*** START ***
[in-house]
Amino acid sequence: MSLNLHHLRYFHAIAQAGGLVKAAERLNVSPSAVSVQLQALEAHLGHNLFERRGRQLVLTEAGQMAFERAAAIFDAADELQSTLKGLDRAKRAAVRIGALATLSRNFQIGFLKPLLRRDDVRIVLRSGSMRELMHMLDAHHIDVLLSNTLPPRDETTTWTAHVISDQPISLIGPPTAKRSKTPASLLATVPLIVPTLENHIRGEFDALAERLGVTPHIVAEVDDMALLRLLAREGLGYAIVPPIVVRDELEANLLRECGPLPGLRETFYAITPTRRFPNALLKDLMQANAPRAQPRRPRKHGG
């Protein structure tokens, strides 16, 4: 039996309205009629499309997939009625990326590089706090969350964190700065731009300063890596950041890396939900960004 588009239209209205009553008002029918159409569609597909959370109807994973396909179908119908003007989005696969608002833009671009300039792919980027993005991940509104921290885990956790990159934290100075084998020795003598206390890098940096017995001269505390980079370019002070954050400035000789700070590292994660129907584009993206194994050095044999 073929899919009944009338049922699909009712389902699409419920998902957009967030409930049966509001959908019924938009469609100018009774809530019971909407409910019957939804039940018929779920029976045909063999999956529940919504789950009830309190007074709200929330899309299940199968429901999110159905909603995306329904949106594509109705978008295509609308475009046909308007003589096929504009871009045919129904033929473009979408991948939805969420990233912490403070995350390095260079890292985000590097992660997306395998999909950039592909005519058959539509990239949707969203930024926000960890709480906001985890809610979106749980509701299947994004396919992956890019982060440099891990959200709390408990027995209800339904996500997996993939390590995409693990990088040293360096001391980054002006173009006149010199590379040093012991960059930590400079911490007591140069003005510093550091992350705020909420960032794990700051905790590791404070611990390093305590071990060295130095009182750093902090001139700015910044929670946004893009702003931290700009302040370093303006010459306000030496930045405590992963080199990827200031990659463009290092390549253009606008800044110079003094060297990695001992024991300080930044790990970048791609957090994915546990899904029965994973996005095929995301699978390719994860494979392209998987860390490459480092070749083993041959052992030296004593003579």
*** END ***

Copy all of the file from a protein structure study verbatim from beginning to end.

[in-house]
Amino acid sequence: MSLNLHHLRYFHAIAQAGGLVKAAERLNVSPSAVSVQLQALEAHLGHNLFERRGRQLVLTEAGQMAFERAAAIFDAADELQSTLKGLDRAKRAAVRIGALATLSRNFQIGFLKPLLRRDDVRIVLRSGSMRELMHMLDAHHIDVLLSNTLPPRDETTTWTAHVISDQPISLIGPPTAKRSKTPASLLATVPLIVPTLENHIRGEFDALAERLGVTPHIVAEVDDMALLRLLAREGLGYAIVPPIVVRDELEANLLRECGPLPGLRETFYAITPTRRFPNALLKDLMQANAPRAQPRRPRKHGG
């Protein structure tokens, strides 16, 4: 039996309205009629499309997939009625990326590089706090969350964190700065731009300063890596950041890396939900960004 588009239209209205009553008002029918159409569609597909959370109807994973396909179908119908003007989005696969608002833009671009300039792919980027993005991940509104921290885990956790990159934290100075084998020795003598206390890098940096017995001269505390980079370019002070954050400035000789700070590292994660129907584009993206194994050095044999 073929899919009944009338049922699909009712389902699409419920998902957009967030409930049966509001959908019924938009469609100018009774809530019971909407409910019957939804039940018929779920029976045909063999999956529940919504789950009830309190007074709200929330899309299940199968429901999110159905909603995306329904949106594509109705978008295509609308475009046909308007003589096929504009871009045919129904033929473009979408991948939805969420990233912490403070995350390095260079890292985000590097992660997306395998999909950039592909005519058959539509990239949707969203930024926000960890709480906001985890809610979106749980509701299947994004396919992956890019982060440099891990959200709390408990027995209800339904996500997996993939390590995409693990990088040293360096001391980054002006173009006149010199590379040093012991960059930590400079911490007591140069003005510093550091992350705020909420960032794990700051905790590791404070611990390093305590071990060295130095009182750093902090001139700015910044929670946004893009702003931290700009302040370093303006010459306000030496930045405590992963080199990827200031990659463009290092390549253009606008800044110079003094060297990695001992024991300080930044790990970048791609957090994915546990899904029965994973996005095929995301699978390719994860494979392209998987860390490459480092070749083993041959052992030296004593003579």